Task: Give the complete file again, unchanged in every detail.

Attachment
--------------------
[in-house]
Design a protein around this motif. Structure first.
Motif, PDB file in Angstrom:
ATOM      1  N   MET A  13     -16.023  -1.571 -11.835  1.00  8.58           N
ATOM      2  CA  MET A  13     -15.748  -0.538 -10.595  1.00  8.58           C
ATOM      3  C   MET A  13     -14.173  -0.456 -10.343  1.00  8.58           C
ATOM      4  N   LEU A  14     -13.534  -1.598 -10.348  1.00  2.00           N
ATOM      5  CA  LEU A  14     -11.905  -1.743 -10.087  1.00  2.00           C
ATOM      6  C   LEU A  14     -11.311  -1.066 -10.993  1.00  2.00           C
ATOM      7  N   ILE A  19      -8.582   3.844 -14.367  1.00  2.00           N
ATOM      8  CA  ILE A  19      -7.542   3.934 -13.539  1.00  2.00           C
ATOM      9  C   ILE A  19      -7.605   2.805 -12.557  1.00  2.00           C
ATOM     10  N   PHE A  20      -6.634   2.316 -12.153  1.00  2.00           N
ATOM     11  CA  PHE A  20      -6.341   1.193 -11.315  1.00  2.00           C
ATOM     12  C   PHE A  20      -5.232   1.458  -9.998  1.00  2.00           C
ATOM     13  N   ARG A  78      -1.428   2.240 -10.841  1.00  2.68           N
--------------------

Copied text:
[in-house]
Design a protein around this motif. Structure first.
Motif, PDB file in Angstrom:
ATOM      1  N   MET A  13     -16.023  -1.571 -11.835  1.00  8.58           N
ATOM      2  CA  MET A  13     -15.748  -0.538 -10.595  1.00  8.58           C
ATOM      3  C   MET A  13     -14.173  -0.456 -10.343  1.00  8.58           C
ATOM      4  N   LEU A  14     -13.534  -1.598 -10.348  1.00  2.00           N
ATOM      5  CA  LEU A  14     -11.905  -1.743 -10.087  1.00  2.00           C
ATOM      6  C   LEU A  14     -11.311  -1.066 -10.993  1.00  2.00           C
ATOM      7  N   ILE A  19      -8.582   3.844 -14.367  1.00  2.00           N
ATOM      8  CA  ILE A  19      -7.542   3.934 -13.539  1.00  2.00           C
ATOM      9  C   ILE A  19      -7.605   2.805 -12.557  1.00  2.00           C
ATOM     10  N   PHE A  20      -6.634   2.316 -12.153  1.00  2.00           N
ATOM     11  CA  PHE A  20      -6.341   1.193 -11.315  1.00  2.00           C
ATOM     12  C   PHE A  20      -5.232   1.458  -9.998  1.00  2.00           C
ATOM     13  N   ARG A  78      -1.428   2.240 -10.841  1.00  2.68           N